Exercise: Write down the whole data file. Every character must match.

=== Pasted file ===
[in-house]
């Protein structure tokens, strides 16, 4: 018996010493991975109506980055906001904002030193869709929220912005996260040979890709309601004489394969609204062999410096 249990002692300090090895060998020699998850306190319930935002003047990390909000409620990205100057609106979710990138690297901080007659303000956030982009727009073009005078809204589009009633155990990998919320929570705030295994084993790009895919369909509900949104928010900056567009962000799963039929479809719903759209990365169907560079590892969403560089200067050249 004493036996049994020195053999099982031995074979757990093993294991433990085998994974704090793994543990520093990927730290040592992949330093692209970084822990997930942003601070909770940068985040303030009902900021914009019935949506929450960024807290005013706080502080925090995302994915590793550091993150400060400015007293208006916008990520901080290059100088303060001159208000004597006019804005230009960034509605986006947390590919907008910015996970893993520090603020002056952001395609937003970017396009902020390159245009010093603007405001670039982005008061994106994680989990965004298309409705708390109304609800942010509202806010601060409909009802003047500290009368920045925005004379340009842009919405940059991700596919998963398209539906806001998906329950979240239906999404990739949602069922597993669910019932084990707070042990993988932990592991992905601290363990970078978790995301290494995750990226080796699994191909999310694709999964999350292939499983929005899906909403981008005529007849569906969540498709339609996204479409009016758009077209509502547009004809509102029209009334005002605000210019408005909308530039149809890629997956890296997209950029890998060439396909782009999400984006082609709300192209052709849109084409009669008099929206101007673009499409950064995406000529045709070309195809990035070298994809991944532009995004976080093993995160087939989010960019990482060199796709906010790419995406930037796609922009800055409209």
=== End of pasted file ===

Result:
[in-house]
């Protein structure tokens, strides 16, 4: 018996010493991975109506980055906001904002030193869709929220912005996260040979890709309601004489394969609204062999410096 249990002692300090090895060998020699998850306190319930935002003047990390909000409620990205100057609106979710990138690297901080007659303000956030982009727009073009005078809204589009009633155990990998919320929570705030295994084993790009895919369909509900949104928010900056567009962000799963039929479809719903759209990365169907560079590892969403560089200067050249 004493036996049994020195053999099982031995074979757990093993294991433990085998994974704090793994543990520093990927730290040592992949330093692209970084822990997930942003601070909770940068985040303030009902900021914009019935949506929450960024807290005013706080502080925090995302994915590793550091993150400060400015007293208006916008990520901080290059100088303060001159208000004597006019804005230009960034509605986006947390590919907008910015996970893993520090603020002056952001395609937003970017396009902020390159245009010093603007405001670039982005008061994106994680989990965004298309409705708390109304609800942010509202806010601060409909009802003047500290009368920045925005004379340009842009919405940059991700596919998963398209539906806001998906329950979240239906999404990739949602069922597993669910019932084990707070042990993988932990592991992905601290363990970078978790995301290494995750990226080796699994191909999310694709999964999350292939499983929005899906909403981008005529007849569906969540498709339609996204479409009016758009077209509502547009004809509102029209009334005002605000210019408005909308530039149809890629997956890296997209950029890998060439396909782009999400984006082609709300192209052709849109084409009669008099929206101007673009499409950064995406000529045709070309195809990035070298994809991944532009995004976080093993995160087939989010960019990482060199796709906010790419995406930037796609922009800055409209």